"A deal to forgive up to $56 billion in debts owed by poor nations cleared an important hurdle Saturday, winning the endorsement of the International Monetary Fund's steering committee." This is from a story in Wall Street Journal, read on.(Subscription required)
But is that really the right way to help poor countries around the globe?
A commentator characterizes the current approach to help poor countries on the part of the rich world, including the debt relief plan mentioned above, utopian. Following are what the commentator believes as the problems inherent in this approach to helping the world's poor countries: "It is promising more than you can deliver. It is seeing an easy and sudden answer to long-standing, complex problems. It is trying to solve everything at once through an administrative apparatus headed by "world leaders." It places too much faith in altruistic cooperation and underestimates self-seeking behavior and conflict. It is expecting great things from schemes designed at the top, but doing nothing to solve the bigger problems at the bottom."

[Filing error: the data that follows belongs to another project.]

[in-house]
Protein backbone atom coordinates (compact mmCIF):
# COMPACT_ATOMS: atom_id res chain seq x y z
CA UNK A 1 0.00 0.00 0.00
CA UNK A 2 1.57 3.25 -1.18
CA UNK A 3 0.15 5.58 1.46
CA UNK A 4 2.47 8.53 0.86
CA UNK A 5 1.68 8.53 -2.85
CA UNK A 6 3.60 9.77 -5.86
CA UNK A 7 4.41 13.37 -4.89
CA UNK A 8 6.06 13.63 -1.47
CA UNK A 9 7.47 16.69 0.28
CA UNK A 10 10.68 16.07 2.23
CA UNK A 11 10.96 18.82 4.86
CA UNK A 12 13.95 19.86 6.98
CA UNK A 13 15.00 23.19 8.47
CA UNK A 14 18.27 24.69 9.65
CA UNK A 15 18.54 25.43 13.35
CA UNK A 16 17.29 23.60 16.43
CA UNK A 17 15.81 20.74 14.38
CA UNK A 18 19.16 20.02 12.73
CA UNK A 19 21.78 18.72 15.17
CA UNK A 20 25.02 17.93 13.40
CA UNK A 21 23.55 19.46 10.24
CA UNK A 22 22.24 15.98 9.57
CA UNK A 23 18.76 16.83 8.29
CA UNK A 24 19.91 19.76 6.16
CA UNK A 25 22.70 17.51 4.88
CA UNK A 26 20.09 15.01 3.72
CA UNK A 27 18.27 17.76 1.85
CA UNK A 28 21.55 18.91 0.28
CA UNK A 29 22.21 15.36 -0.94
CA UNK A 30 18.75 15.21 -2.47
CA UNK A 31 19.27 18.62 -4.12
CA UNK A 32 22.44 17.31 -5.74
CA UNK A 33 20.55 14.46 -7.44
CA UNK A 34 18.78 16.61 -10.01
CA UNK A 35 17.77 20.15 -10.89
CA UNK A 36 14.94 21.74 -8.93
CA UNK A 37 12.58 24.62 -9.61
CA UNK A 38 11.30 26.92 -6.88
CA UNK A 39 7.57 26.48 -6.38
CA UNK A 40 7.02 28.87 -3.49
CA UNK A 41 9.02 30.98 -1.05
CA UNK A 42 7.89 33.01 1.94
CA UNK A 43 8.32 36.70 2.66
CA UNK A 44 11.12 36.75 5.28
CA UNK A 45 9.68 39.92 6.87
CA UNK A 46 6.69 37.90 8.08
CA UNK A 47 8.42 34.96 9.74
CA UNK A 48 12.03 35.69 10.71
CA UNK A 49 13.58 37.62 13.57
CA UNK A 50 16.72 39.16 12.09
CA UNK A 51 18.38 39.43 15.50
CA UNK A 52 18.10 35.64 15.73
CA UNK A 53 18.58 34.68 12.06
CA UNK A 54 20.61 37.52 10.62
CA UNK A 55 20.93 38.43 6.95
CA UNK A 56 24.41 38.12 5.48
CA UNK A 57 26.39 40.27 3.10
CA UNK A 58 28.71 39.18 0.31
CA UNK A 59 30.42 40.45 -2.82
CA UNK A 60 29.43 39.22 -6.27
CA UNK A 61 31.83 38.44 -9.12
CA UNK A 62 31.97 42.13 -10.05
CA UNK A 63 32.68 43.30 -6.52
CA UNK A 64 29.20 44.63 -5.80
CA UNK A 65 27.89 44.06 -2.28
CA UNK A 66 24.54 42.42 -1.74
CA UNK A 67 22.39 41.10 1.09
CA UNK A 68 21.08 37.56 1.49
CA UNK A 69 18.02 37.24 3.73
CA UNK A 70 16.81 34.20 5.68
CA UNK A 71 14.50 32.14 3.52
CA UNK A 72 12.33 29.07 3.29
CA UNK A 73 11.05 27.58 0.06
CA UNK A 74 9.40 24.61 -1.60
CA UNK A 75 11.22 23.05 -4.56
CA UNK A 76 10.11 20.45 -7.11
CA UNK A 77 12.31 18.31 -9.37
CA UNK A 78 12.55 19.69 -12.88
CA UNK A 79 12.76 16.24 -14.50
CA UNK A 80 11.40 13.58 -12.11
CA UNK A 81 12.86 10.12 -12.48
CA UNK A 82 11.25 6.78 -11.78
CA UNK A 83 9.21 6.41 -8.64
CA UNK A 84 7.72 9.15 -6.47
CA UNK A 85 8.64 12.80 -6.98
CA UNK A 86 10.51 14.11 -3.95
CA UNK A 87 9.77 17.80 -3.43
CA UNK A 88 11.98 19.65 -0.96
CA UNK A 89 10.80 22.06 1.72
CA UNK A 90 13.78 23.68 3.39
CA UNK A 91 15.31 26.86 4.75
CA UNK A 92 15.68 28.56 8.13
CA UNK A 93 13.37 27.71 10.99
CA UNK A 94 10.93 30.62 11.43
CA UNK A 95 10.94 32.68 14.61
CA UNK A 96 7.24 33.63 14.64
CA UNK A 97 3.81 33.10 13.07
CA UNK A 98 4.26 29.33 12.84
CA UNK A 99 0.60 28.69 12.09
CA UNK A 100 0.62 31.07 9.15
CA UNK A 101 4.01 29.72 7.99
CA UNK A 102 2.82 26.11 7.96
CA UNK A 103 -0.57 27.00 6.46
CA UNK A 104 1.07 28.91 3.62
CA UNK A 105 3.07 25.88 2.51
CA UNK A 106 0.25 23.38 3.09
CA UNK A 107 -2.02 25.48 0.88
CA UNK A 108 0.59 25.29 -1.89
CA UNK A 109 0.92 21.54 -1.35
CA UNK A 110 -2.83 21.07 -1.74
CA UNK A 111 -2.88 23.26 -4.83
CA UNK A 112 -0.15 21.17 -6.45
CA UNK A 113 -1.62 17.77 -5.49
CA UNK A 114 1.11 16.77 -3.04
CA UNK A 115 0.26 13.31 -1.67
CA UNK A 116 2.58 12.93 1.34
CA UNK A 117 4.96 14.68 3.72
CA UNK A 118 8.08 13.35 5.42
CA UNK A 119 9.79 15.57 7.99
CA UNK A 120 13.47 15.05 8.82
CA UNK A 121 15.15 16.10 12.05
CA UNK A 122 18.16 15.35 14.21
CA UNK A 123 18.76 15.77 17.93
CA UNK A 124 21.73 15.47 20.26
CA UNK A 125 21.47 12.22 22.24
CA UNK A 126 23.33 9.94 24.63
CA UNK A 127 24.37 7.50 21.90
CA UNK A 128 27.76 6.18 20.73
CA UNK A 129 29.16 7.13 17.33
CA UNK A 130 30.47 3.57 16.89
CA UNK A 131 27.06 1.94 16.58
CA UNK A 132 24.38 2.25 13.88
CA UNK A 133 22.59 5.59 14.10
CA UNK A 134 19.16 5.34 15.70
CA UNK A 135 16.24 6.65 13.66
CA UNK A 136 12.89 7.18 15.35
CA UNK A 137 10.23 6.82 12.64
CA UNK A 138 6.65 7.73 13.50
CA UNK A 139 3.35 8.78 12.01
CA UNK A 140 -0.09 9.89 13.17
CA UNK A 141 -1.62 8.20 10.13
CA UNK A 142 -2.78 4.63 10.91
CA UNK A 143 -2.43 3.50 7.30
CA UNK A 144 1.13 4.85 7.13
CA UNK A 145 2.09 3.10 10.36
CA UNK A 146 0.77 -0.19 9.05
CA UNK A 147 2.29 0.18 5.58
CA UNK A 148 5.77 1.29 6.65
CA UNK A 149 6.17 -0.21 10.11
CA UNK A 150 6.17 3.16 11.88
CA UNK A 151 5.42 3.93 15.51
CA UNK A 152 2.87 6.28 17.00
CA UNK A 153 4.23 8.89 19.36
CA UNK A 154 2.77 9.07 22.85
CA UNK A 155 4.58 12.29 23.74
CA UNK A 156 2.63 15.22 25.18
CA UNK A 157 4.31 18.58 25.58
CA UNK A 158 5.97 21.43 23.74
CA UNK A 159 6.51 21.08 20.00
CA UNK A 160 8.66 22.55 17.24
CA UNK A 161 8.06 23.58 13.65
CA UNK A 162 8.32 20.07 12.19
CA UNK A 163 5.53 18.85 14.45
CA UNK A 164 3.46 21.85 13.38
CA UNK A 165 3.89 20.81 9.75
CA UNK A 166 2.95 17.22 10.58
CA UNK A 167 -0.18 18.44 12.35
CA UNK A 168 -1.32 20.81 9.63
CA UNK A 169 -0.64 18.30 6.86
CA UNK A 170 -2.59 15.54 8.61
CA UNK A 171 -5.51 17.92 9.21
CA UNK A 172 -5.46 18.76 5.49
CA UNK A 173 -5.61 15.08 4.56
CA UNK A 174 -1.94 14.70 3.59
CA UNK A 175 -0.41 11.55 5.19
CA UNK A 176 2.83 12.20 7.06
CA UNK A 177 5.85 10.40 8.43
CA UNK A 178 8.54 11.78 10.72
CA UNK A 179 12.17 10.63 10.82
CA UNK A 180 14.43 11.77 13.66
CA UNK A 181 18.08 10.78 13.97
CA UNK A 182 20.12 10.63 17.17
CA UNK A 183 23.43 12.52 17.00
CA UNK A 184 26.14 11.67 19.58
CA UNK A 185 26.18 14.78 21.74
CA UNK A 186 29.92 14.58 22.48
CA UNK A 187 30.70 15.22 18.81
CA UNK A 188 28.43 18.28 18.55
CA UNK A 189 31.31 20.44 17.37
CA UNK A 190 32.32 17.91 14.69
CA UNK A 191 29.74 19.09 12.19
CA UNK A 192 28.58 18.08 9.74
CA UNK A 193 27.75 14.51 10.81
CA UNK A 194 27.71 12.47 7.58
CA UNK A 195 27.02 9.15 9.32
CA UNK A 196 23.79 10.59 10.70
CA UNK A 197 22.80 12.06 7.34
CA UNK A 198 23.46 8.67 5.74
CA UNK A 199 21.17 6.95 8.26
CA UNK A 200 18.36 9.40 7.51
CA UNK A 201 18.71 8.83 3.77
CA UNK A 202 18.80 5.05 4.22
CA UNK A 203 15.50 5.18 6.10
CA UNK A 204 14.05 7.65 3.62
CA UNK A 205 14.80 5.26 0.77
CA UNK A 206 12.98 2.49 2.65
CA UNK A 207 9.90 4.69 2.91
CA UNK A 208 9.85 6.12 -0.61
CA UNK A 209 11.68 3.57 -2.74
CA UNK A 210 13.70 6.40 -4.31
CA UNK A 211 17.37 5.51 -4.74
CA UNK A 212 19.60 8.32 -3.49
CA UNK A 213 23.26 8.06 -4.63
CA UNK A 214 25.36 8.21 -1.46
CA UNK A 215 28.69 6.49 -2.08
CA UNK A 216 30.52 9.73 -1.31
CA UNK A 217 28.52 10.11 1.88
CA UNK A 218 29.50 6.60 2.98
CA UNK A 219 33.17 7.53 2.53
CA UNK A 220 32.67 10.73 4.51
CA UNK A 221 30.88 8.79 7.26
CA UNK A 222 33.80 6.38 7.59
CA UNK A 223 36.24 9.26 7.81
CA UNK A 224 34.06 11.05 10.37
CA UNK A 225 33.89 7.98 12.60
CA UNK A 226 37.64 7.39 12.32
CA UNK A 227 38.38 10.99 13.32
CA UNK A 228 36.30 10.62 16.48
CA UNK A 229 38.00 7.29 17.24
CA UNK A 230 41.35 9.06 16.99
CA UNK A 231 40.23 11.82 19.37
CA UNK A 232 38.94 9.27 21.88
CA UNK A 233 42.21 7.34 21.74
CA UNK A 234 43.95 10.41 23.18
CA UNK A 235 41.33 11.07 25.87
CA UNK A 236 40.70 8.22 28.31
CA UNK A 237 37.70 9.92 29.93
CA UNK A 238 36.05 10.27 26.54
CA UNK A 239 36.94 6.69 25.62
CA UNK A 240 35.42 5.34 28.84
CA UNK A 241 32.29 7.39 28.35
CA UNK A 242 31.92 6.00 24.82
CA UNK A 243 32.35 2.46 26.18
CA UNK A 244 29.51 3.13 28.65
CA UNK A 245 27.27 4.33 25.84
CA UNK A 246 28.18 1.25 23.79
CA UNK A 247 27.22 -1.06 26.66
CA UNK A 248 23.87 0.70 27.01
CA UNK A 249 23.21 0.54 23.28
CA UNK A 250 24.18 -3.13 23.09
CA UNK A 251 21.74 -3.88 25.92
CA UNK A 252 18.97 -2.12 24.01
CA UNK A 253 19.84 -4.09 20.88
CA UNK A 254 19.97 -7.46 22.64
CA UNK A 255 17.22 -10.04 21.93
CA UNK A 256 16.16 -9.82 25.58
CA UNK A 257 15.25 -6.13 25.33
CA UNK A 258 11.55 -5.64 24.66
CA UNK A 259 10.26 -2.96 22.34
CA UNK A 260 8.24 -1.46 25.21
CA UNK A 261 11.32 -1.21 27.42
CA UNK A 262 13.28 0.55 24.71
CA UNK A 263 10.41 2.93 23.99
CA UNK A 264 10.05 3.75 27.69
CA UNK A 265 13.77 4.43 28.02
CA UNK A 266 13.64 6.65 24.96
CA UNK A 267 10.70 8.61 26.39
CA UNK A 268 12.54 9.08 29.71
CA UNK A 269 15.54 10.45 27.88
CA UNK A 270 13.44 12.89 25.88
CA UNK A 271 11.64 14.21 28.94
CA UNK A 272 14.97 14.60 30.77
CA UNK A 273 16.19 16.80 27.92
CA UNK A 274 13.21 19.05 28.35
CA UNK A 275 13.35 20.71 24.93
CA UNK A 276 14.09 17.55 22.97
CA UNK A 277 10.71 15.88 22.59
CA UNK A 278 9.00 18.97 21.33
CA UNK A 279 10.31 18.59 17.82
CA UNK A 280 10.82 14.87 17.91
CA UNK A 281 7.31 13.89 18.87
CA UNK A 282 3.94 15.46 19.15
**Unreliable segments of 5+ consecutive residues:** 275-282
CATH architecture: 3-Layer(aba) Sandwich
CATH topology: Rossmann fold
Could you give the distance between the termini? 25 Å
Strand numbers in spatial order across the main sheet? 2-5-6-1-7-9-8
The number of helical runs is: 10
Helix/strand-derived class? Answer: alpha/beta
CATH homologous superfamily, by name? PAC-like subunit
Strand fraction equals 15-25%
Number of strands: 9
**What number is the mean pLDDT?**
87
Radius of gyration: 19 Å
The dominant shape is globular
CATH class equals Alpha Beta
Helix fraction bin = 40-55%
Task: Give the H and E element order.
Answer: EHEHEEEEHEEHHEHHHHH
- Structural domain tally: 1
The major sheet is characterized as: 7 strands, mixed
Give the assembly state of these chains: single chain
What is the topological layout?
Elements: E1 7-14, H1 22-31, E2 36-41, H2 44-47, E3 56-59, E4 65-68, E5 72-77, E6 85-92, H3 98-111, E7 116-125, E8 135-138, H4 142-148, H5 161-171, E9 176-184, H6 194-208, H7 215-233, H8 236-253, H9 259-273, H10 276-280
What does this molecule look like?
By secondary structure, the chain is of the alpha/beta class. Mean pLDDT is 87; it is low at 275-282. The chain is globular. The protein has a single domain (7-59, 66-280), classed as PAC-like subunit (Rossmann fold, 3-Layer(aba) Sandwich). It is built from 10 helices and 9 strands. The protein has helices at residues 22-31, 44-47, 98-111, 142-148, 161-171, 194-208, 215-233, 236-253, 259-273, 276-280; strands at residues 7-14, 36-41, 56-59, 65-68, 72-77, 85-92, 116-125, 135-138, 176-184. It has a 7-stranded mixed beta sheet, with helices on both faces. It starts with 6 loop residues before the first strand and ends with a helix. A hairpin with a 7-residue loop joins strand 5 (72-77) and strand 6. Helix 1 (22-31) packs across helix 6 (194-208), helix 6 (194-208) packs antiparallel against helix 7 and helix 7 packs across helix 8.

No, the commentator is not Hayek, he is Bill Easterley at New York University, read on. If you find Bill's comments sensible, learn more about the subject from his justly famous book "The Elusive Quest for Growth" and preorder his forthcoming one here.